|Young, Kurt - OREGON STATE UNIV|
Submitted to: Invasive Plant Science and Management
Publication Type: Peer Reviewed Journal
Publication Acceptance Date: October 22, 2007
Publication Date: January 1, 2008
Citation: Young, K.R., Mangold, J.M. 2008. Medusahead outperforms squirreltail through interference and growth rate. Journal of Invasive Plant Science and Management. 1:73-81 Interpretive Summary: Understanding the mechanisms and processes fostering invasion and dominance by medusahead is central to its management. We simultaneously conducted two studies that evaluated the effects of nitrogen and phosphorus on interference between the medusahead and squirreltail and compared growth rates of the two species. We grew medusahead and squirreltail in growth tubes in various density combinations. We applied one of four nutrient treatments to each growth tube. Additionally, we grew individual medusahead and squirreltail plants and measured their growth over a 72 day period. We found that medusahead typically imposed a two to seven times stronger influence than squirreltail on plant-plant interactions. Medusahead accumulated biomass, leaf area, and root length twice as fast as squirreltail. Our data suggest medusahead outperformed squirreltail in all aspects of interference and growth rate. We believe that medusahead may be outperforming squirreltail by growing faster and therefore increasingly gaining access to resources. The results from our study suggest that squirreltail cannot effectively compete with medusahead. To restore squirreltail to medusahead-infested rangeland, medusahead densities should be reduced with integrated weed management strategies. On medusahead-free rangeland, prevention and early detection and eradication programs are critical.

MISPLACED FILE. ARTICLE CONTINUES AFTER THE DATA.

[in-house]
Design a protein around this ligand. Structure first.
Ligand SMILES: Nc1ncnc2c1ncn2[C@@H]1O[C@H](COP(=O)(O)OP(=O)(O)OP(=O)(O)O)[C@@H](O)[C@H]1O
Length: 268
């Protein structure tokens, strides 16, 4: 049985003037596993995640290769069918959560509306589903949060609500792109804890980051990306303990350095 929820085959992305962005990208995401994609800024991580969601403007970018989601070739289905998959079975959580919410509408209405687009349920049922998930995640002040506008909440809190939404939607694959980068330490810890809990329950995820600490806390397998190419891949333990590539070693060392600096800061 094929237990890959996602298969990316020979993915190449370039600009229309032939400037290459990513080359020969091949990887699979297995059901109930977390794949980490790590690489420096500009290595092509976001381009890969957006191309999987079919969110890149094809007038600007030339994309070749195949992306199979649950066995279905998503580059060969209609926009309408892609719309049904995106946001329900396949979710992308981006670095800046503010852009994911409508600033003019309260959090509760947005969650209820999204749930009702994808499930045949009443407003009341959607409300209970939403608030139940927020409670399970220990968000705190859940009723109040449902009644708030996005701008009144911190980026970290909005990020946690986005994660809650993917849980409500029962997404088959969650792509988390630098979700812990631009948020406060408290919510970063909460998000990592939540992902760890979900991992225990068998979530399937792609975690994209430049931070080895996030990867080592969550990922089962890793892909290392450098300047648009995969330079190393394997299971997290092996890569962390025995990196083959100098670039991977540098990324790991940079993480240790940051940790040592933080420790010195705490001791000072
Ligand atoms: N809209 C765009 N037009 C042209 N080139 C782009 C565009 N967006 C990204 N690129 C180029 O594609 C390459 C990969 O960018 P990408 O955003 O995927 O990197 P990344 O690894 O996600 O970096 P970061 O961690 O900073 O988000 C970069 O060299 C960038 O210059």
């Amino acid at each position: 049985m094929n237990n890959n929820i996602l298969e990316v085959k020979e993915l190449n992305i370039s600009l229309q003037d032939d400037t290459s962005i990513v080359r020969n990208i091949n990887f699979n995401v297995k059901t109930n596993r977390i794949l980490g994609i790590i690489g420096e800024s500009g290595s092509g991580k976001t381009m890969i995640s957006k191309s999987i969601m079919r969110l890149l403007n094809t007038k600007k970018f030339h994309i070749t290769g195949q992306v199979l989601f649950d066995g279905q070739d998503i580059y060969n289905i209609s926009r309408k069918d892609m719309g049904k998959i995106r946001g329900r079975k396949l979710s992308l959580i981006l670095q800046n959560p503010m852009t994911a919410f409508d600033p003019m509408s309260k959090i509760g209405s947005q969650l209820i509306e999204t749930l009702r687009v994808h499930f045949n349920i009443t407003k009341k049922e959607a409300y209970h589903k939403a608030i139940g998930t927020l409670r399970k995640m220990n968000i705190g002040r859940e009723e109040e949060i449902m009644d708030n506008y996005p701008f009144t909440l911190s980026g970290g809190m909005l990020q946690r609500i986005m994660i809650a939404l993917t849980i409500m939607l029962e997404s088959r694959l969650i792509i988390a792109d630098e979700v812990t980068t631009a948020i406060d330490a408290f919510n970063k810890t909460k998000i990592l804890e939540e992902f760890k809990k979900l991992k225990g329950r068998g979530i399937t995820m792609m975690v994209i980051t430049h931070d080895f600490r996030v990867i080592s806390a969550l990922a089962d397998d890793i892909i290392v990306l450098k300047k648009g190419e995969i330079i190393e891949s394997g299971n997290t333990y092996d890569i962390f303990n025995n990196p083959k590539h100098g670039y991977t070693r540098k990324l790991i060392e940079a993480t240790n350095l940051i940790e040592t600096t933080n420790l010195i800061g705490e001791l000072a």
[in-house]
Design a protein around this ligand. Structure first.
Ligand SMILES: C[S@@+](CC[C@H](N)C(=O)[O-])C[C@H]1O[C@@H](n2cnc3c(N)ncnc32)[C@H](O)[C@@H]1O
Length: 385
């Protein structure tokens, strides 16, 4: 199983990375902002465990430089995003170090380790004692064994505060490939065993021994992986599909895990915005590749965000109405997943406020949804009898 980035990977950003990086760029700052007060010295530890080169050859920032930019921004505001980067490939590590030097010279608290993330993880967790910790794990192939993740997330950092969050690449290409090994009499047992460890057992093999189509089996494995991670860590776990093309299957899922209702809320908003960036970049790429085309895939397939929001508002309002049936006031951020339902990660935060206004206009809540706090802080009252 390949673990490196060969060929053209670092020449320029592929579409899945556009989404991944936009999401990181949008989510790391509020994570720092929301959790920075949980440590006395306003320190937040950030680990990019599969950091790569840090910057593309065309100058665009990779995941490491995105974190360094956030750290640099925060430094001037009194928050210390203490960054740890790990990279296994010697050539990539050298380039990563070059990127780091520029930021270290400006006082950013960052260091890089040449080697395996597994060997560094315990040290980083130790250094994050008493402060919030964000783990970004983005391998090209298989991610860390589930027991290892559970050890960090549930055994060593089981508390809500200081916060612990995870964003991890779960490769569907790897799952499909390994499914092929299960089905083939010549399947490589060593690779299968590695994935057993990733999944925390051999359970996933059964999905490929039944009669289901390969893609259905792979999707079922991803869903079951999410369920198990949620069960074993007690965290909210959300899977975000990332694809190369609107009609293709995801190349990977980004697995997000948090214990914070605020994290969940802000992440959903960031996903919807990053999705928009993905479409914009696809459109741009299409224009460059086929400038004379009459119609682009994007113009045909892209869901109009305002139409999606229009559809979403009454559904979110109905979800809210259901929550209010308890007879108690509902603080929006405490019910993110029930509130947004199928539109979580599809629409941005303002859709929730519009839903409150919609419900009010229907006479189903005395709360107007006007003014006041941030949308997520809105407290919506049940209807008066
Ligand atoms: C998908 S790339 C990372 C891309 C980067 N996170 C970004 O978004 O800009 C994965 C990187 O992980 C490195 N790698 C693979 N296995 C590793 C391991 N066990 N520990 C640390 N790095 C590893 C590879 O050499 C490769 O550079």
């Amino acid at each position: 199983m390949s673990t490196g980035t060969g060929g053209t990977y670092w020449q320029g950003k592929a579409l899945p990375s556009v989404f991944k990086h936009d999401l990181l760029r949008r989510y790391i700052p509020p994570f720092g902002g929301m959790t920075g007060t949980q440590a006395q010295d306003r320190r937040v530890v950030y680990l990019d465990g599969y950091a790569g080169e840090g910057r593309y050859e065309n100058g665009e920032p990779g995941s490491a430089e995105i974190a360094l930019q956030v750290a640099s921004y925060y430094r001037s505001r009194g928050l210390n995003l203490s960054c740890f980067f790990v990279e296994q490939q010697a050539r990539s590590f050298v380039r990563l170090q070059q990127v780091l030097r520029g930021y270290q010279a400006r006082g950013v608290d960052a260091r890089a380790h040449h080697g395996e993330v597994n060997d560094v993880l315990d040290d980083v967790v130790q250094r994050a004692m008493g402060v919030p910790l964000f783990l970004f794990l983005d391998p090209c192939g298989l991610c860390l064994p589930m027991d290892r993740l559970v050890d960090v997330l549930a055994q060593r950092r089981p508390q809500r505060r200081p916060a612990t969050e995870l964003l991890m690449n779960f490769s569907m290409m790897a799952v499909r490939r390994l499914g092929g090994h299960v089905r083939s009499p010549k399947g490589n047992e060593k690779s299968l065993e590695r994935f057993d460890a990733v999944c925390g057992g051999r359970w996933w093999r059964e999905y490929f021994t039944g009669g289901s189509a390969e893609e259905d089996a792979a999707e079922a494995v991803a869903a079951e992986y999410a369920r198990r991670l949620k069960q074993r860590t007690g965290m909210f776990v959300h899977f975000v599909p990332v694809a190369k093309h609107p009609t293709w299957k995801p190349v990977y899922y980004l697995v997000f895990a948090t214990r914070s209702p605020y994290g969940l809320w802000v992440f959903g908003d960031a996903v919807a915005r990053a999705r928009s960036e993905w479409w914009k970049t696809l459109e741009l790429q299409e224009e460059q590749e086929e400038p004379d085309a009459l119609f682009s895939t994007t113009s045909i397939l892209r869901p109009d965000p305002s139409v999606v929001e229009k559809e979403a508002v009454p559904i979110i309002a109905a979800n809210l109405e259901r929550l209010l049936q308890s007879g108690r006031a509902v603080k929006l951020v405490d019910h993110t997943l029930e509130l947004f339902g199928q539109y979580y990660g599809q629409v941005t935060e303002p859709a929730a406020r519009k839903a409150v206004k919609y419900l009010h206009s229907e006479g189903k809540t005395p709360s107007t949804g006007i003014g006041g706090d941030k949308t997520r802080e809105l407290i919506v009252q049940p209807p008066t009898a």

Technical Abstract: Understanding the ecological processes fostering invasion and dominance by medusahead is central to its management. The objectives of this study were 1) to quantify and compare interference between medusahead and squirreltail under different concentrations of soil N and P and 2) to compare growth rates of medusahead and squirreltail under normal soil N and P availabilities in an effort to identify mechanisms by which medusahead invades and dominates semi-arid rangeland. We hypothesized that: 1) N and P additions would increase medusahead’s interference ability relative to the native grass in the interference study and 2) medusahead would display higher growth rates and biomass accumulation than squirreltail. We grew medusahead and squirreltail in an addition series in a greenhouse and applied one of four nutrient treatments weekly (high N, low P; high N, high P; low N, high P; and low N, low P (control)). After 70 days density and biomass by species were sampled. We also grew individual medusahead and squirreltail plants in control soil conditions. Biomass, leaf area, and root length were determined for each species at 14 day intervals over 72 days. Regression models for medusahead and squirreltail suggested N appeared to be playing a much larger role than P in interference between the species. The high N treatment did not increase medusahead’s interference ability relative to squirreltail as we had hypothesized. Medusahead typically imposed a two to seven times stronger influence on interference relationships than squirreltail. Medusahead accumulated biomass, leaf area, and root length twice as fast as squirreltail. Results from our study suggest that medusahead seedlings will likely dominate over squirreltail seedlings. To restore squirreltail to medusahead-infested rangeland, medusahead densities should be reduced with integrated weed management strategies. On medusahead-free rangeland, prevention and early detection and eradication programs are critical.